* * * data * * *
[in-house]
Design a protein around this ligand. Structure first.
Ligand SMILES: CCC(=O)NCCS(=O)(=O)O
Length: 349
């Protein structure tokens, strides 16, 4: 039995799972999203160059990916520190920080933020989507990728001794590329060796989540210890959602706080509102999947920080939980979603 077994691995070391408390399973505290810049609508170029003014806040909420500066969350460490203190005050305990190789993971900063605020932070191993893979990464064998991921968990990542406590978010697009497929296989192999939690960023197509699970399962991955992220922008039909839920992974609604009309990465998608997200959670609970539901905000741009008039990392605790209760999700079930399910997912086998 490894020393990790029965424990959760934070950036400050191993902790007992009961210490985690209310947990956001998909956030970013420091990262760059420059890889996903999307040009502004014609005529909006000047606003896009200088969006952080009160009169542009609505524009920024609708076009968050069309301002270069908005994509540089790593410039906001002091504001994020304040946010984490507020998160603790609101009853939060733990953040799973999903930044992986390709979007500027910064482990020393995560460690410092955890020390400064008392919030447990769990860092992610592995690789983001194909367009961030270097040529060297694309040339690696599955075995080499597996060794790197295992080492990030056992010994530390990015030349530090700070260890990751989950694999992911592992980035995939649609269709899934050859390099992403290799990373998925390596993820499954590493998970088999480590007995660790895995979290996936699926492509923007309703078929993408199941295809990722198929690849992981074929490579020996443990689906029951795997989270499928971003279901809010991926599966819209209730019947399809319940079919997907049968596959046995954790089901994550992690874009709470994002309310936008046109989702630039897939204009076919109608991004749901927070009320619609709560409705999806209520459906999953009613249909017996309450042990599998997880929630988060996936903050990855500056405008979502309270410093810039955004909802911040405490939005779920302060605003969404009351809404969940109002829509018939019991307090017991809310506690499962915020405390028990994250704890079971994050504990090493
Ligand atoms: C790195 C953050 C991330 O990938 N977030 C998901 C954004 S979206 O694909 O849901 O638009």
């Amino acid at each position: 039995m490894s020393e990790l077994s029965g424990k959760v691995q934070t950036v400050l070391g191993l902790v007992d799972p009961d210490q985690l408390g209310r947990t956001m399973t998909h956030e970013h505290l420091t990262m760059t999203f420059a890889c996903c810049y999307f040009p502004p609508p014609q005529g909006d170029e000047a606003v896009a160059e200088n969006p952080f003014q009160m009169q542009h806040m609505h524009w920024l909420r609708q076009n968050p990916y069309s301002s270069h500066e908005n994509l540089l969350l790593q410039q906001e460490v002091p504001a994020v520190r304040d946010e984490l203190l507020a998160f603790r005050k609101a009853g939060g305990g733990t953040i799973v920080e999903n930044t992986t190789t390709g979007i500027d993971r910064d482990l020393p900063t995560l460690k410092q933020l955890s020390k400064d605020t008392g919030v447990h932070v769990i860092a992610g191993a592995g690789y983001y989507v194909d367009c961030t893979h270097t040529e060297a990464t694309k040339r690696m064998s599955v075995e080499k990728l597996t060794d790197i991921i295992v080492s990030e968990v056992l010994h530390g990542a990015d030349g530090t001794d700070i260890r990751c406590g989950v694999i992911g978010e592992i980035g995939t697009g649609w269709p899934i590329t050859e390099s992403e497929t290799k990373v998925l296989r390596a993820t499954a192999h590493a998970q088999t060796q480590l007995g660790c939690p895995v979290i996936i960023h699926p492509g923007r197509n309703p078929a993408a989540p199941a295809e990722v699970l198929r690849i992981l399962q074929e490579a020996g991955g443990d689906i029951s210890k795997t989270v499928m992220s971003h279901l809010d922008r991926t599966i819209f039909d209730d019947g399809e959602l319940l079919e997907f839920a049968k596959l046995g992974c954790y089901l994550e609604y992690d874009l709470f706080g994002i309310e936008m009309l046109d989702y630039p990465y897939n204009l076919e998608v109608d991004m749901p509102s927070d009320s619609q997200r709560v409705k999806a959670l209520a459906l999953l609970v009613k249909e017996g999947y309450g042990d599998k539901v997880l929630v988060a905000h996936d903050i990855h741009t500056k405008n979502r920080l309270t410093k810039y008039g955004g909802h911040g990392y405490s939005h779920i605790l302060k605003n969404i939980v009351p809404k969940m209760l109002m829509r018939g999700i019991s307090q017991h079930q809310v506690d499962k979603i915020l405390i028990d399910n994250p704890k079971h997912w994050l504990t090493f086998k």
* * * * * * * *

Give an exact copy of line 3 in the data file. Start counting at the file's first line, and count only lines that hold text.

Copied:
Ligand SMILES: CCC(=O)NCCS(=O)(=O)O